Therapy for Sleep Disorders

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For most sleep problems like sleeplessness, treatment can be more effective than sleeping pills–but with no unpleasant side effects or long-term wellness issues.

Why therapy for sleep disorders and not medication?

If you are desperate for sleep, it may be tempting to reach for a sleeping pill or a over-the-counter sleeping aid. But sleep drugs will not fix the issue or deal with the underlying symptoms–actually, it can frequently create sleep problems worse in the long run. That is not to say there is not a moment or a place for sleeping drugs. To prevent tolerance and dependence, however, sleeping pills are best when used responsibly for short term scenarios –for example travel across time zones or recovering from a medical procedure. Even if your sleeping disorder requires using prescription drugs, experts recommend mixing a medication regimen with treatment and healthful lifestyle changes.

Depression may affect every area of a woman’s lifetime –such as your own bodily health, social life, relationships, profession, and awareness of self-worth–and can be complicated by factors like reproductive hormones, societal anxieties, and the distinctive female reaction to private anxiety therapy. But it is important to understand that you are not alone. Women are nearly twice as likely as men to suffer from depression but depression is treatable and there are lots of things you can do to make yourself feel better.

Cognitive-behavioral therapy can enhance your sleep by altering your behaviour before bedtime in addition to altering the method of thinking that keep you from falling asleep. Additionally, it concentrates on enhancing relaxation abilities and changing lifestyle habits that affect your sleeping patterns. Since sleep disorders can be both due to and cause psychological health issues like anxiety, anxiety, and depression, treatment is a good method of treating the underlying problem instead of simply the symptoms, assisting you to develop healthy sleeping patterns for life.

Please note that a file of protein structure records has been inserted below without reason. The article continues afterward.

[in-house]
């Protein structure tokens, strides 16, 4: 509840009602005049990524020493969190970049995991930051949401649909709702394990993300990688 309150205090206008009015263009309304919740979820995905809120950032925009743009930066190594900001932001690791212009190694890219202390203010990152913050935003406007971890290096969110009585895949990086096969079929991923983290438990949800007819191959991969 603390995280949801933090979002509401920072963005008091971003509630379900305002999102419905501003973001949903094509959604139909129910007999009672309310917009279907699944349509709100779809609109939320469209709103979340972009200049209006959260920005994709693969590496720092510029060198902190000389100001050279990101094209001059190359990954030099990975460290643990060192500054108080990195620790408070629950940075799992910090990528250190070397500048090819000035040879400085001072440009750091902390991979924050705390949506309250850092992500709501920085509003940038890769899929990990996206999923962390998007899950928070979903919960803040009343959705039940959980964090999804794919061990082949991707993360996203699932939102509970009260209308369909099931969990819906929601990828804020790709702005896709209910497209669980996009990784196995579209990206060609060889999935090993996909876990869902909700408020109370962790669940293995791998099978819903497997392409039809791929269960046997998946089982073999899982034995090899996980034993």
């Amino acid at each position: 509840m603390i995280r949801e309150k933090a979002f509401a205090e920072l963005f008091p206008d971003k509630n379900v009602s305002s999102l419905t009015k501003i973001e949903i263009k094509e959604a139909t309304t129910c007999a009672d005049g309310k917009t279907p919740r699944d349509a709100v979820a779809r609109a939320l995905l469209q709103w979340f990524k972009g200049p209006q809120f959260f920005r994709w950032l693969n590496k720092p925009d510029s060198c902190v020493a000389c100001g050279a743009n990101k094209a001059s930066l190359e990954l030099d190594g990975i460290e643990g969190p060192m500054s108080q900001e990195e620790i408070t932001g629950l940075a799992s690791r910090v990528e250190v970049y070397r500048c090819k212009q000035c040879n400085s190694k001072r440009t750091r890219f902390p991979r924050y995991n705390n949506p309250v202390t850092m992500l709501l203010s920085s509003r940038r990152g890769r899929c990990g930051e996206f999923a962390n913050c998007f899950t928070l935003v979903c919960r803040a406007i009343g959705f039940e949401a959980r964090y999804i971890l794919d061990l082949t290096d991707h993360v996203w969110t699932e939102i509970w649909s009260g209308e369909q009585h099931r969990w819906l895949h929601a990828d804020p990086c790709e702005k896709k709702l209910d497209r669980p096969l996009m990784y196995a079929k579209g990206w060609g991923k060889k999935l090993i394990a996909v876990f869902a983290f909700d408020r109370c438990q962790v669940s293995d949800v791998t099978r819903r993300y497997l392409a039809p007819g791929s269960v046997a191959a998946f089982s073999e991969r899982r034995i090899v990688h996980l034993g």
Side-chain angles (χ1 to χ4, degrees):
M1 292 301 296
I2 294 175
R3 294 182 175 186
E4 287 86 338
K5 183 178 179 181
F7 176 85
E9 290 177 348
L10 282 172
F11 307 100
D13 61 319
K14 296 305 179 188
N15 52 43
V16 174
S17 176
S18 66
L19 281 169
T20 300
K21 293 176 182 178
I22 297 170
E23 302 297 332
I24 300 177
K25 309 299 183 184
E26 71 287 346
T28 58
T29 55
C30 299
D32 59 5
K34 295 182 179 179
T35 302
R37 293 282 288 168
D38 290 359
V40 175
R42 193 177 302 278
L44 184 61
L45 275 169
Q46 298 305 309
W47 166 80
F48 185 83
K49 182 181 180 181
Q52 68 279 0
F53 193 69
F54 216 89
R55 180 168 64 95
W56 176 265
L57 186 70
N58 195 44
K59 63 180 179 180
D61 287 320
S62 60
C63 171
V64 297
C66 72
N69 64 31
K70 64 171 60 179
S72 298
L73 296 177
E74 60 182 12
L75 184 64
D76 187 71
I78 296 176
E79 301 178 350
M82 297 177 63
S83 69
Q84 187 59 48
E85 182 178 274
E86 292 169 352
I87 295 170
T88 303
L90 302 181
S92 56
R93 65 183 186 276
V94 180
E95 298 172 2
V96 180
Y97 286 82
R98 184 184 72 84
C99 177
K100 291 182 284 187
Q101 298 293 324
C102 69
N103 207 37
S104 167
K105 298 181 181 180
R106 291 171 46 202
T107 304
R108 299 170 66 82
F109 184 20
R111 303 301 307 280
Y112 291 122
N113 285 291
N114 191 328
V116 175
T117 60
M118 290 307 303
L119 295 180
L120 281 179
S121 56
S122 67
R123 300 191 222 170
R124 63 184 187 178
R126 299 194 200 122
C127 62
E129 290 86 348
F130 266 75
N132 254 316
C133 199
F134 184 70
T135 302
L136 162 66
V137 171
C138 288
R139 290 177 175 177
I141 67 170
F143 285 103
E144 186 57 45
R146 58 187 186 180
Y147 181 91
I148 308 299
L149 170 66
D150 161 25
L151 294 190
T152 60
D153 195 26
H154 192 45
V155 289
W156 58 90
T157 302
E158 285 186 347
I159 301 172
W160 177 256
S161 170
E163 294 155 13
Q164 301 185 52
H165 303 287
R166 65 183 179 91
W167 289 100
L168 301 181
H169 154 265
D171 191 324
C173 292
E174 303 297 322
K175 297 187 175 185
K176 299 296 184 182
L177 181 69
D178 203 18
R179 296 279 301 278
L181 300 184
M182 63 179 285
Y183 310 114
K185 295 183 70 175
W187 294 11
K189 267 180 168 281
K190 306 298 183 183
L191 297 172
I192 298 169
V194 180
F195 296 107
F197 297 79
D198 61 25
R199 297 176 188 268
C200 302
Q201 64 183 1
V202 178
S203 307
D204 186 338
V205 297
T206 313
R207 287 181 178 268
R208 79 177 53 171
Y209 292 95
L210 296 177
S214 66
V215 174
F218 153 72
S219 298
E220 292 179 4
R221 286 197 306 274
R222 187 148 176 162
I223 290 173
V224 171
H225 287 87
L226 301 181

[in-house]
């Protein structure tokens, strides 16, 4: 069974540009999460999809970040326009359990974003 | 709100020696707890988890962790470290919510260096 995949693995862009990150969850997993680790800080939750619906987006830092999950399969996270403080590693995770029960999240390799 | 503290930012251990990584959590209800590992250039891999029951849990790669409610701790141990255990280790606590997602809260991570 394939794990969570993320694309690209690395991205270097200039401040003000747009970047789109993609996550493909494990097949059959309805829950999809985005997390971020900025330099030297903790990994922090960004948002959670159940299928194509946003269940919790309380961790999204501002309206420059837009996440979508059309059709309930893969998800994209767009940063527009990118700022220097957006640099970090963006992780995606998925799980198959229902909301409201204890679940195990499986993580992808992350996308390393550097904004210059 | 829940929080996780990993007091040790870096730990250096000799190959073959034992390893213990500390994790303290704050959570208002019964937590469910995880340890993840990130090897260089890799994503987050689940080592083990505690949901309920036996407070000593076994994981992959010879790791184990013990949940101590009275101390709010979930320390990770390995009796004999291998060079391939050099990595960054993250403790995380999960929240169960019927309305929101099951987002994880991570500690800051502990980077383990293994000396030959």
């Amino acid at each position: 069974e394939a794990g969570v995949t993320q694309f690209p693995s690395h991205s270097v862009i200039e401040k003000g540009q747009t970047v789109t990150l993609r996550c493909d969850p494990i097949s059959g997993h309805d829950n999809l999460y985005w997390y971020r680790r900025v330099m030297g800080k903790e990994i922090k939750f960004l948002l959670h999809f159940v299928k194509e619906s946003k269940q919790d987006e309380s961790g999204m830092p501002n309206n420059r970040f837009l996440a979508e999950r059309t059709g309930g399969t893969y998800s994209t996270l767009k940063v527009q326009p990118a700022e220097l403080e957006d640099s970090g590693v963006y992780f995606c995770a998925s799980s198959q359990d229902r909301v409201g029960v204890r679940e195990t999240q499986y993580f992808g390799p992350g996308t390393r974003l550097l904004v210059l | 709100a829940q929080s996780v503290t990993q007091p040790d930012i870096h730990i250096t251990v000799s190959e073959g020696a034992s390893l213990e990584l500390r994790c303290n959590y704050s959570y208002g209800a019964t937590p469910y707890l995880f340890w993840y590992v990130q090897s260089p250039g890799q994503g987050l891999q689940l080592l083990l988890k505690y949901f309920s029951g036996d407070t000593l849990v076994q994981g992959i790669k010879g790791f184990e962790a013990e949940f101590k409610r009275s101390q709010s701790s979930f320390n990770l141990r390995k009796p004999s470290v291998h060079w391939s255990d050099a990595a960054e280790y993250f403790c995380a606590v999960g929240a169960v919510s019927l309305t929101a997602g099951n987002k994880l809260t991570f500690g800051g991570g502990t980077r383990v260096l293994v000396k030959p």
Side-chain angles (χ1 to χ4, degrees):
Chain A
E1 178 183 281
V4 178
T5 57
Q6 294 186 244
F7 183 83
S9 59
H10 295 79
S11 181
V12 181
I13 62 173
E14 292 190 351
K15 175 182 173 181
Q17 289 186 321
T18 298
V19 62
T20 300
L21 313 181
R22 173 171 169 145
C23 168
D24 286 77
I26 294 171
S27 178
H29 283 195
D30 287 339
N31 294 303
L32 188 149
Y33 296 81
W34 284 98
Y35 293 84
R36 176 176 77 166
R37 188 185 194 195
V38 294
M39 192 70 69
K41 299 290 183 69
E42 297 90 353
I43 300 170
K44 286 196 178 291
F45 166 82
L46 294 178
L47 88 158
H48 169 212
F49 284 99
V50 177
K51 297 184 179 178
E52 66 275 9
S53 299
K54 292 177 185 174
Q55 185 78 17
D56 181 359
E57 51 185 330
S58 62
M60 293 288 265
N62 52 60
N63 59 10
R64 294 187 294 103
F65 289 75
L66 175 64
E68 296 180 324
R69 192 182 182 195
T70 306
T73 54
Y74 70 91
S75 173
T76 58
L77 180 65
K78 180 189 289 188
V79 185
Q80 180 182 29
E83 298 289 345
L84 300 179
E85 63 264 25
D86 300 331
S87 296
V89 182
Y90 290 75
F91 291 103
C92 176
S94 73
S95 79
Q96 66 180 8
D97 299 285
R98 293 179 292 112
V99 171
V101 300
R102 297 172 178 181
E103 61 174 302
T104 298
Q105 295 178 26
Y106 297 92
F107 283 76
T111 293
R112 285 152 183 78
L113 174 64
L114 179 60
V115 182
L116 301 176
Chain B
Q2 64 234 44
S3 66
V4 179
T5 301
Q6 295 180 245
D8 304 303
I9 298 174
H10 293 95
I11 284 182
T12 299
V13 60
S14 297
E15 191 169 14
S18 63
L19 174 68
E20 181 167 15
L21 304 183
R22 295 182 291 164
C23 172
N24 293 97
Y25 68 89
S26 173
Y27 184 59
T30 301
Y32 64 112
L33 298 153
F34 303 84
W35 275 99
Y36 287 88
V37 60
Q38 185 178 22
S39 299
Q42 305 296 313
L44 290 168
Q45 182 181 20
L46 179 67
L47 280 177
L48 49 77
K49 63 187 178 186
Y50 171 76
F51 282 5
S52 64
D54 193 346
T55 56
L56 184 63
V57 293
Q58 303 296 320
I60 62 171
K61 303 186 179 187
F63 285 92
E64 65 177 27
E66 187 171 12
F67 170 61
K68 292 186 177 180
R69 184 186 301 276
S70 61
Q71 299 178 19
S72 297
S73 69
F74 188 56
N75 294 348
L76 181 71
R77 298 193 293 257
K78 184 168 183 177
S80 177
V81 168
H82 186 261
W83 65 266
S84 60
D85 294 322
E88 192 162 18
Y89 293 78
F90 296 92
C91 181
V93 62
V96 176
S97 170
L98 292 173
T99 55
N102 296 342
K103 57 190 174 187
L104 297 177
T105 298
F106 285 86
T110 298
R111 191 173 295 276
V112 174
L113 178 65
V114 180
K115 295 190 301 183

A recent study at Harvard Medical School found that CBT was significantly more effective at treating chronic insomnia compared to prescription sleep drugs. CBT made the best changes in patients’ ability to fall asleep and stay asleep, and also the benefits remained even a year after therapy stopped. If you are dealing with a sleeping disorder, treatment could have the ability to unwind your brain, change your outlook, enhance your daytime habits, and put you up to get a fantastic night’s sleep.

What defines a sleep disorder?

A sleep disorder is a condition that frequently affects your ability to find sufficient excellent sleep, leaving you feeling tired or sleepy through the day. The most common sleep disorders include insomnia, sleep apnea, narcolepsy, restless legs syndrome (RLS), and circadian rhythm sleep disorders frequently triggered by shift work or jet lag.

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